Would Medical Images Spur You to Change Risky Health Behaviors?

Release Date: January 19, 2010 | By Glenda Fauntleroy, Contributing Writer
Research Source:

Can showing patients ultrasounds and X-rays of their bodies to point out existing health damage make patients change their risky behavior?

Getting patients to change their behavior is a big challenge for doctors, but critical for public health. A new systematic review looked at whether showing patients medical scans images would motivate them to change their behavior to reduce risks to their health. However, the results were less than clear.

“Behavior is very difficult to change, and many interventions which on a common-sense level would be thought likely to be effective in changing behavior, are not shown to be,” said lead author Gareth Hollands, of the health psychology section at King’s College in London. “Given the difficulty of changing behavior, we would not say we were greatly surprised by the results.”

The review appears in the current issue of The Cochrane Library, a publication of The
Cochrane Collaboration, an international organization that evaluates research in all aspects of health care. Systematic reviews draw evidence-based conclusions about medical practice after considering both the content and quality of existing trials on a topic.

Medical imaging, such as ultrasound, X-ray and magnetic resonance imaging (MRI), allows doctors to determine whether patients have any bodily damage and to assess their patients’ level of future disease risk based on the results.

The Cochrane reviewers evaluated nine studies involving 1,371 adults. Participants in each study were shown their medical scan images — typically arterial scans for assessing cardiovascular risk and skin photography for assessing skin damage. Participants were then educated about any risks to their health and how they could change behavior to help lower these risks.

The reviewers found mixed results. Because of the small number of studies and the different interventions used, they could not find strong evidence that this approach was effective in changing behavior.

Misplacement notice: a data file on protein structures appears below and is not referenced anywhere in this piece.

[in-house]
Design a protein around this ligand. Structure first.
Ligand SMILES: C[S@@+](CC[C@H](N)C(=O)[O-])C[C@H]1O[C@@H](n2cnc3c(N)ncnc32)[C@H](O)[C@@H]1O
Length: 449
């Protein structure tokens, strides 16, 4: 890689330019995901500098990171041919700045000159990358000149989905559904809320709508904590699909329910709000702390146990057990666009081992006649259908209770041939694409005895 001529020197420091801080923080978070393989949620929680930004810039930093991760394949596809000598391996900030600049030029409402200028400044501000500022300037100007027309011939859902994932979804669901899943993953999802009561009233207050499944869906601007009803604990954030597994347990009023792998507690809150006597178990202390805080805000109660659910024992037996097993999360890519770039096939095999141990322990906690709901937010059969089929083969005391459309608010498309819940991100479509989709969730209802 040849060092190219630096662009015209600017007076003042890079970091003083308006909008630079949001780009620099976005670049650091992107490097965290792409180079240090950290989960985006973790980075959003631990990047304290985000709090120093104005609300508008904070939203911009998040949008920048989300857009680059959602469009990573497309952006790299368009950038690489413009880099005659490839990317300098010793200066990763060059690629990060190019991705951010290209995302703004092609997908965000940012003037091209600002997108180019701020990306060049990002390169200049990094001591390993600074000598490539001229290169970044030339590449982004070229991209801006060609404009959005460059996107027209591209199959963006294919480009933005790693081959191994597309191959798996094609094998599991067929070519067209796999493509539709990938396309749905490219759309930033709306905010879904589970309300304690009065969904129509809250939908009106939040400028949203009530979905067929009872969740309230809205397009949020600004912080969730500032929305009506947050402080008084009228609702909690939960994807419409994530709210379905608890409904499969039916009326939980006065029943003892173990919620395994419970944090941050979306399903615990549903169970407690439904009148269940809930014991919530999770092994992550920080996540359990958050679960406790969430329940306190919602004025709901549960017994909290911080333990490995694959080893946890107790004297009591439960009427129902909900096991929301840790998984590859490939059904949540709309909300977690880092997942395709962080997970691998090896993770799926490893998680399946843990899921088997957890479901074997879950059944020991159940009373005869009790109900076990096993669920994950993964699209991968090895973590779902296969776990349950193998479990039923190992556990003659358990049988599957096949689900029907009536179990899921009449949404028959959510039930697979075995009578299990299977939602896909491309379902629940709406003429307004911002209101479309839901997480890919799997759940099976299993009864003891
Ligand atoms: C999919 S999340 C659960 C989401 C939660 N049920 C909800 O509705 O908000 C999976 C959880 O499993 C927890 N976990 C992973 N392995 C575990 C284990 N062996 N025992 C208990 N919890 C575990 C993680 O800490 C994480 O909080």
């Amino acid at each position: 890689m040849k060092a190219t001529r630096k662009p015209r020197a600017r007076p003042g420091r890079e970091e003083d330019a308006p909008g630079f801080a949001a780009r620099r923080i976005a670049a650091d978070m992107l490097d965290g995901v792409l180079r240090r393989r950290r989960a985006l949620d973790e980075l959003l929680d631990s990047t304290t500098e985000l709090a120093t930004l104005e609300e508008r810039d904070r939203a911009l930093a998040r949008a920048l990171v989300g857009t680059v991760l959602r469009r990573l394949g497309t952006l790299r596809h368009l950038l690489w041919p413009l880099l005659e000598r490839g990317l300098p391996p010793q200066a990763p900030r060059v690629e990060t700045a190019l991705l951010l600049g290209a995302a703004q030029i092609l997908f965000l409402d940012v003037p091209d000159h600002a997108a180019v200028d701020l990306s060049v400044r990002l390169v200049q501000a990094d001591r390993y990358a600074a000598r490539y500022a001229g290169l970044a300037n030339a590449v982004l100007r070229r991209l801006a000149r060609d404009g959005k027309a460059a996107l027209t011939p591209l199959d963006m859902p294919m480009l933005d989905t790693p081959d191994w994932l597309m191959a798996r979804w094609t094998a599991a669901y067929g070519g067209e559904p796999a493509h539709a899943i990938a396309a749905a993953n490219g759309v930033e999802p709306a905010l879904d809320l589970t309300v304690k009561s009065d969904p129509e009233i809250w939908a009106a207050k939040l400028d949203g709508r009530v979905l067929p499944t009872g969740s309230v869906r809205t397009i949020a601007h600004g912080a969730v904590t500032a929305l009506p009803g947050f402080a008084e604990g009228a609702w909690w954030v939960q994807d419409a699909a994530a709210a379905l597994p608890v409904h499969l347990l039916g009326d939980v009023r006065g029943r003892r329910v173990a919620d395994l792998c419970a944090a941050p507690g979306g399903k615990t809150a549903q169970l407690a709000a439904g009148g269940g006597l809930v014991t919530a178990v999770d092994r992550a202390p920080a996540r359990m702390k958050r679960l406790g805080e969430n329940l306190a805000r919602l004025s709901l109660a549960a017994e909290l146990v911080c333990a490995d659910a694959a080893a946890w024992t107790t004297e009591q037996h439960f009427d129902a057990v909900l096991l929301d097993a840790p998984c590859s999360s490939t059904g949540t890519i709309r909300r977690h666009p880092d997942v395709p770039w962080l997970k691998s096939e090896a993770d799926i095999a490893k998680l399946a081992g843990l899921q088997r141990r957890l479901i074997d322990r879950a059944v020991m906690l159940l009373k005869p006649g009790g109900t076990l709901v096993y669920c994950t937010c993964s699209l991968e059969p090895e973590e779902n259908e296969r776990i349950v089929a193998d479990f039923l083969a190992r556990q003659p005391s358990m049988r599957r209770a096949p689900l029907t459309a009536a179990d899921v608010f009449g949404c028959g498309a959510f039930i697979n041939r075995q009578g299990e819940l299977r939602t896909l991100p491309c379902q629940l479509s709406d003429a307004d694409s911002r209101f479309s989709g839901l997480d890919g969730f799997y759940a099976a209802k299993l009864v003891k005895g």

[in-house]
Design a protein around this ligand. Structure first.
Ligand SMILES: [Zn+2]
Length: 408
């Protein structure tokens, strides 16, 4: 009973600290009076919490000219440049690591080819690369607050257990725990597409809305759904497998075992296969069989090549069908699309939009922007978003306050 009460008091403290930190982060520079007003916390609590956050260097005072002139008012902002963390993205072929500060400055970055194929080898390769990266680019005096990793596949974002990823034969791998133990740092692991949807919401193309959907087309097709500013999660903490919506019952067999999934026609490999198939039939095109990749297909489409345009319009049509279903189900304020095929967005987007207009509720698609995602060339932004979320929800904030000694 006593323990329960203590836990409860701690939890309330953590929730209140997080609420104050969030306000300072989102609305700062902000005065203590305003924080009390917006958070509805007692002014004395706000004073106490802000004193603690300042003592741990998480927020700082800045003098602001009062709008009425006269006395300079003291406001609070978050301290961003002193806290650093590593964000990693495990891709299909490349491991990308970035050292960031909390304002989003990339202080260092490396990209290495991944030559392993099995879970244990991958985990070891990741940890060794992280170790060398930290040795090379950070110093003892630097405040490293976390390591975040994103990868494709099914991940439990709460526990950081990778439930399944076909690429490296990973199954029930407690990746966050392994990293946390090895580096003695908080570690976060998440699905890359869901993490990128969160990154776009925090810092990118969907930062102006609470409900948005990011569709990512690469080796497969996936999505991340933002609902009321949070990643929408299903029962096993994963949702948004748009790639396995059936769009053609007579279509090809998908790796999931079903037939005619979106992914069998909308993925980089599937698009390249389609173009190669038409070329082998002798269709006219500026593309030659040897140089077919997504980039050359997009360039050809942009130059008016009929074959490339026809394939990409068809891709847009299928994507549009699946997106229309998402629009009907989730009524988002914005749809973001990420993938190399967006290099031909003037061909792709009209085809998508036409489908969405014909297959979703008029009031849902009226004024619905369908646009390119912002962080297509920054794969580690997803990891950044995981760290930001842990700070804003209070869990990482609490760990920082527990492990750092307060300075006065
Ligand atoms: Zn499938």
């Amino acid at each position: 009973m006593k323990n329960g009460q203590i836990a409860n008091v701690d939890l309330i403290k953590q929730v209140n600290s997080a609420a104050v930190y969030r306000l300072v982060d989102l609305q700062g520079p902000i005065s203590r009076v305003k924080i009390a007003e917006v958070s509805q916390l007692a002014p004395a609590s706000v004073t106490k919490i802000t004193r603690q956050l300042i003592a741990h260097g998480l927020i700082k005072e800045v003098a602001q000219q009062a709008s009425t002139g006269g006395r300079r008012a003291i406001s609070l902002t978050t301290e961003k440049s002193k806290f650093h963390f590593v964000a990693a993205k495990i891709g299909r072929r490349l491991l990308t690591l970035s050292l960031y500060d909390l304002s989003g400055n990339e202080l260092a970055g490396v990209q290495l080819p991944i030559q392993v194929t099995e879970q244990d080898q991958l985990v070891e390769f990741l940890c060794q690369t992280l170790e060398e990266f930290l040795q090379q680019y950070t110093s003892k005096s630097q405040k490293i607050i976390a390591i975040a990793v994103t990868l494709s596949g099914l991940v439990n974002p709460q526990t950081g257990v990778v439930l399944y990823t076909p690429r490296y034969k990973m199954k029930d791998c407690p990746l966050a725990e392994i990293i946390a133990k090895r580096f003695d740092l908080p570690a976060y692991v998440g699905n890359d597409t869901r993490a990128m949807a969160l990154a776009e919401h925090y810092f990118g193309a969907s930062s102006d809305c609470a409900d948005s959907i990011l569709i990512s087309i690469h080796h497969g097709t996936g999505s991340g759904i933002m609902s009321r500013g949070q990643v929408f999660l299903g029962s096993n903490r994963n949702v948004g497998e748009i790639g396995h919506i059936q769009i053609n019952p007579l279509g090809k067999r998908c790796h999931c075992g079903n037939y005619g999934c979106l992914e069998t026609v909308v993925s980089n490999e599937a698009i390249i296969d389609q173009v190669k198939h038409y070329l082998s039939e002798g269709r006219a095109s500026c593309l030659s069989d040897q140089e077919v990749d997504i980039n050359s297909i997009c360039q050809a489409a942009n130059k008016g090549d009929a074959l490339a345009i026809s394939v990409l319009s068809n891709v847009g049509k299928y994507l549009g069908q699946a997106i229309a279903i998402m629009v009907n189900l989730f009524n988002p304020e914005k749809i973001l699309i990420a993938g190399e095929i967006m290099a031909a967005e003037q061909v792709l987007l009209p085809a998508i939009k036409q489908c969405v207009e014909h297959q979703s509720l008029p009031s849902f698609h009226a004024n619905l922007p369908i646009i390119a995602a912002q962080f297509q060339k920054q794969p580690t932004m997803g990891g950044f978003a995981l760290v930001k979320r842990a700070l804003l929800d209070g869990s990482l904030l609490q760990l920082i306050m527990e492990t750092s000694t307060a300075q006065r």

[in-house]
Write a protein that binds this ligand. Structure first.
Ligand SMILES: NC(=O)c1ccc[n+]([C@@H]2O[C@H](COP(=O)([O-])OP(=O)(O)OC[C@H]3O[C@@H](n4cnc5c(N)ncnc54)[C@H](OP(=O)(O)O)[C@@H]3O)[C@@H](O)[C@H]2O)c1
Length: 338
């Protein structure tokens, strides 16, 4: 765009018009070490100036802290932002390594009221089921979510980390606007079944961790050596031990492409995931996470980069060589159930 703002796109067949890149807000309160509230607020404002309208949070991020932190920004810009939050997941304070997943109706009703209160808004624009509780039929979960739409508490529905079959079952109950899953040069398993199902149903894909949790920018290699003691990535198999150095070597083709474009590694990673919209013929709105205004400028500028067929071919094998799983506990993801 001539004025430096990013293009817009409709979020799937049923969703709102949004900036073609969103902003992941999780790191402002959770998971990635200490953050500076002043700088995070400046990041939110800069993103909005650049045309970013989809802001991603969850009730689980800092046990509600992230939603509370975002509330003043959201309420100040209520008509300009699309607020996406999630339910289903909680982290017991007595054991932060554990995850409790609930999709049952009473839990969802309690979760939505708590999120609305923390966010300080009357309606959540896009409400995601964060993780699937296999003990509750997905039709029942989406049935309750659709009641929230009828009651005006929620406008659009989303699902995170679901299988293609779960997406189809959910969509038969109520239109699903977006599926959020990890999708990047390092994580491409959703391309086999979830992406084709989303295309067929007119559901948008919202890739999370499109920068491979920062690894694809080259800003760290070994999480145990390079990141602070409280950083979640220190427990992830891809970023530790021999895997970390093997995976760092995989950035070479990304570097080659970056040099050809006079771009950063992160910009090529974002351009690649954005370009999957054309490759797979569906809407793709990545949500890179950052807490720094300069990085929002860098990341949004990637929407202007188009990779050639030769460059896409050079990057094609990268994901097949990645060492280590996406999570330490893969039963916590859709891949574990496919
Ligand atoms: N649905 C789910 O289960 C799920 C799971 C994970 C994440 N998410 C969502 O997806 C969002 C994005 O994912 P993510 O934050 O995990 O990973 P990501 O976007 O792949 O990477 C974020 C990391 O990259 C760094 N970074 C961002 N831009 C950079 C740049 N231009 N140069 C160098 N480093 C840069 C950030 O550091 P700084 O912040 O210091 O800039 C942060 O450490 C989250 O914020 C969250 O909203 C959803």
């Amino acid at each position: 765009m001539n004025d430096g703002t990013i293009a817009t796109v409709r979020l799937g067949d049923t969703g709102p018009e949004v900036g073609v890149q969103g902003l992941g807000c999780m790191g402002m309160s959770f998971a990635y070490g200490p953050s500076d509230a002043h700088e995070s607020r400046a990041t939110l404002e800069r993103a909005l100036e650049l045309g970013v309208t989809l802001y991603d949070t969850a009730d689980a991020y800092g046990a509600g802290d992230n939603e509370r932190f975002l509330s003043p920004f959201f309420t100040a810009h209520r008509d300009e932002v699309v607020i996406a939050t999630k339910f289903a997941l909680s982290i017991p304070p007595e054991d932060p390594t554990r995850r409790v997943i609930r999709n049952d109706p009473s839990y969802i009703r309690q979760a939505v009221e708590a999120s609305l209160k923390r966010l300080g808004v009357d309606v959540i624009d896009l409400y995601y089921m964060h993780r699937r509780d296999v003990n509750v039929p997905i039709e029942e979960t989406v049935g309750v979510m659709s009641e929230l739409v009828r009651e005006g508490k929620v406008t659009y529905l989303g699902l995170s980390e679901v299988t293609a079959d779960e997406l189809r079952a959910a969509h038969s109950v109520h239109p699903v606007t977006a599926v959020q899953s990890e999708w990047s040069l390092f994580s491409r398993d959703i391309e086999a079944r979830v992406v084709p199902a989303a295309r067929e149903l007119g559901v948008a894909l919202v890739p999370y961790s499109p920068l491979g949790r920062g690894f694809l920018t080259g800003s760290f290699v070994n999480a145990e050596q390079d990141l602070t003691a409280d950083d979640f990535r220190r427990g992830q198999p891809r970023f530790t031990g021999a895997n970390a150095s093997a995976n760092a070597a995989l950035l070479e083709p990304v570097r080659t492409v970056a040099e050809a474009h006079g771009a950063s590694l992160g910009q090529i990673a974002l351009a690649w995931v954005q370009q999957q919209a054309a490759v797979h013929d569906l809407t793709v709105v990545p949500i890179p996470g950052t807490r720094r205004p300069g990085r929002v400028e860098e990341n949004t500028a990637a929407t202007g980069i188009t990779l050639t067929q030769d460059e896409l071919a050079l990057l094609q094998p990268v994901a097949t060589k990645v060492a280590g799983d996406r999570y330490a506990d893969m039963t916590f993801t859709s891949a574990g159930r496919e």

Hollands and his colleagues did find that with smoking cessation, showing and explaining arterial scanning images was more effective than not showing them. In three studies that evaluated smoking cessation after participants were shown arterial scans, the odds of participants who were shown the scans giving up smoking or attempting to quit were 2.8 times higher than for those who were not shown scans.

Moreover, one study that measured the number of participants who performed skin self-examinations in the four months following being shown their skin photography found that the odds of those shown the scans doing self-exams were 4.86 times higher those in the control group.

On the other hand, a variety of studies — using arterial scans or skin photographs — all found no significant difference in participants in the intervention and control groups. Such studies look at these health behaviors: (1) increased use of cholesterol and blood pressure medications, (2) increase in fiber consumption, (3) changes in physical activity, (4) changes in hours spent in the sun and (5) changes in the use of sun protection.

“I would not expect that just seeing one’s medical imaging results would change their behavior,” said Jennifer McClure, Ph.D., associate director for research at the Group Health Center for Health Studies in Seattle.

“The hope is that seeing these images increases one’s understanding of their health risks, which in turn increases their motivation to change, but sustained behavior change requires more than simply knowing one’s risk,” McClure said. “It is dependent on a number of other individual-level factors which influence motivation, as well as whether one has the requisite skills, knowledge or resources necessary to make and maintain behavior change. So the mixed results are not at all surprising.”

Hollands and his fellow reviewers concluded that new techniques are needed to give patients visual evidence of how certain behaviors damage their body — and motivate them to change.

“The feedback of medical imaging results may be one such approach,” Hollands said. “Medical imaging methods are continually evolving and the results produced are increasing in detail and clarity… as medical imaging becomes ever cheaper and more widely available, there will likely be increasing opportunities for feeding back results to individuals, and a corresponding opportunity to assess whether this is a viable intervention strategy.”

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Reach the Health Behavior News Service, part of the Center for Advancing Health, at hbns-editor@cfah.org or (202) 387-2829.

The Cochrane Collaboration is an international nonprofit, independent organization that produces and disseminates systematic reviews of health care interventions and promotes the search for evidence in the form of clinical trials and other studies of interventions. Visit http://www.cochrane.org for more information.

Hollands GJ, Hankins M, Marteau T. Visual feedback of individuals’ medical imaging results for changing health behaviour. Cochrane Database of Systematic Reviews 2010, Issue 1.

Tags for this article:
Environment and Health   Lifestyle and Prevention  

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